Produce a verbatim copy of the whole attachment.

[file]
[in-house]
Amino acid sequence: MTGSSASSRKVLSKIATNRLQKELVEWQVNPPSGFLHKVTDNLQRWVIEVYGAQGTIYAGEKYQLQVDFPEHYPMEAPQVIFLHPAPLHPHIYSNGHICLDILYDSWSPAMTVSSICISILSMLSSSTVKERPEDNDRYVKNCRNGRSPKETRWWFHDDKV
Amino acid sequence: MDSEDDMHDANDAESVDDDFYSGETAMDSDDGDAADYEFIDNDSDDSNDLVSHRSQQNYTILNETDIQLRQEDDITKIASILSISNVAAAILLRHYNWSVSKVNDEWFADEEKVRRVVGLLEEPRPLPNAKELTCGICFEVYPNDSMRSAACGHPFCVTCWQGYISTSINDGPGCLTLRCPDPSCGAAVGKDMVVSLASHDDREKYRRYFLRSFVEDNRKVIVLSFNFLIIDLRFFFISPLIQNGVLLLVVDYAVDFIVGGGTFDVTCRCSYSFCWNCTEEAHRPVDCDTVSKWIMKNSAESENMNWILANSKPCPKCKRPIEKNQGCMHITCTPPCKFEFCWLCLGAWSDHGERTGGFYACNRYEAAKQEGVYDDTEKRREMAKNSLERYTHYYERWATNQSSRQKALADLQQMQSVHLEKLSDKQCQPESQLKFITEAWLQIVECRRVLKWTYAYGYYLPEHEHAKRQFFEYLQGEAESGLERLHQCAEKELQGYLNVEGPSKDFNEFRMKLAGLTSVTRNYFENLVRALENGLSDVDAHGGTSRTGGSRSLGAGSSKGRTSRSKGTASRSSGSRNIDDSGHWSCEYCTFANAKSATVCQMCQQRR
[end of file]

[in-house]
Amino acid sequence: MTGSSASSRKVLSKIATNRLQKELVEWQVNPPSGFLHKVTDNLQRWVIEVYGAQGTIYAGEKYQLQVDFPEHYPMEAPQVIFLHPAPLHPHIYSNGHICLDILYDSWSPAMTVSSICISILSMLSSSTVKERPEDNDRYVKNCRNGRSPKETRWWFHDDKV
Amino acid sequence: MDSEDDMHDANDAESVDDDFYSGETAMDSDDGDAADYEFIDNDSDDSNDLVSHRSQQNYTILNETDIQLRQEDDITKIASILSISNVAAAILLRHYNWSVSKVNDEWFADEEKVRRVVGLLEEPRPLPNAKELTCGICFEVYPNDSMRSAACGHPFCVTCWQGYISTSINDGPGCLTLRCPDPSCGAAVGKDMVVSLASHDDREKYRRYFLRSFVEDNRKVIVLSFNFLIIDLRFFFISPLIQNGVLLLVVDYAVDFIVGGGTFDVTCRCSYSFCWNCTEEAHRPVDCDTVSKWIMKNSAESENMNWILANSKPCPKCKRPIEKNQGCMHITCTPPCKFEFCWLCLGAWSDHGERTGGFYACNRYEAAKQEGVYDDTEKRREMAKNSLERYTHYYERWATNQSSRQKALADLQQMQSVHLEKLSDKQCQPESQLKFITEAWLQIVECRRVLKWTYAYGYYLPEHEHAKRQFFEYLQGEAESGLERLHQCAEKELQGYLNVEGPSKDFNEFRMKLAGLTSVTRNYFENLVRALENGLSDVDAHGGTSRTGGSRSLGAGSSKGRTSRSKGTASRSSGSRNIDDSGHWSCEYCTFANAKSATVCQMCQQRR